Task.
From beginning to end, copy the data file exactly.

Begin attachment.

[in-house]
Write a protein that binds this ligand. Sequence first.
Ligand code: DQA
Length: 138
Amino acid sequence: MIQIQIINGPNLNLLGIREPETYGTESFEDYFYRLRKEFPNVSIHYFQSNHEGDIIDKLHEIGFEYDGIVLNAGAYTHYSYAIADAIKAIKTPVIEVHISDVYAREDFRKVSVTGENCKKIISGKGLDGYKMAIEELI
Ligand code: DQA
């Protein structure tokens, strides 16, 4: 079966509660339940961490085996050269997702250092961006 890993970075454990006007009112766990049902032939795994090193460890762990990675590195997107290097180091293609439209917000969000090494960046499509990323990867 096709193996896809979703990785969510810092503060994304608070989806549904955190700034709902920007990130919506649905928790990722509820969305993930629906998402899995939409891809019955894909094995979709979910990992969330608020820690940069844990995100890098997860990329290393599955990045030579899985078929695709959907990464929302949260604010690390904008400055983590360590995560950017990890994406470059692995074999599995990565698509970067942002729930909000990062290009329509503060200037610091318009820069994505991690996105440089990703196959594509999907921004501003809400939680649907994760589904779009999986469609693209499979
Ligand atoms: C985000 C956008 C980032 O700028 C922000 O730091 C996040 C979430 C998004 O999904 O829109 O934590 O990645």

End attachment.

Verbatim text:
[in-house]
Write a protein that binds this ligand. Sequence first.
Ligand code: DQA
Length: 138
Amino acid sequence: MIQIQIINGPNLNLLGIREPETYGTESFEDYFYRLRKEFPNVSIHYFQSNHEGDIIDKLHEIGFEYDGIVLNAGAYTHYSYAIADAIKAIKTPVIEVHISDVYAREDFRKVSVTGENCKKIISGKGLDGYKMAIEELI
Ligand code: DQA
């Protein structure tokens, strides 16, 4: 079966509660339940961490085996050269997702250092961006 890993970075454990006007009112766990049902032939795994090193460890762990990675590195997107290097180091293609439209917000969000090494960046499509990323990867 096709193996896809979703990785969510810092503060994304608070989806549904955190700034709902920007990130919506649905928790990722509820969305993930629906998402899995939409891809019955894909094995979709979910990992969330608020820690940069844990995100890098997860990329290393599955990045030579899985078929695709959907990464929302949260604010690390904008400055983590360590995560950017990890994406470059692995074999599995990565698509970067942002729930909000990062290009329509503060200037610091318009820069994505991690996105440089990703196959594509999907921004501003809400939680649907994760589904779009999986469609693209499979
Ligand atoms: C985000 C956008 C980032 O700028 C922000 O730091 C996040 C979430 C998004 O999904 O829109 O934590 O990645």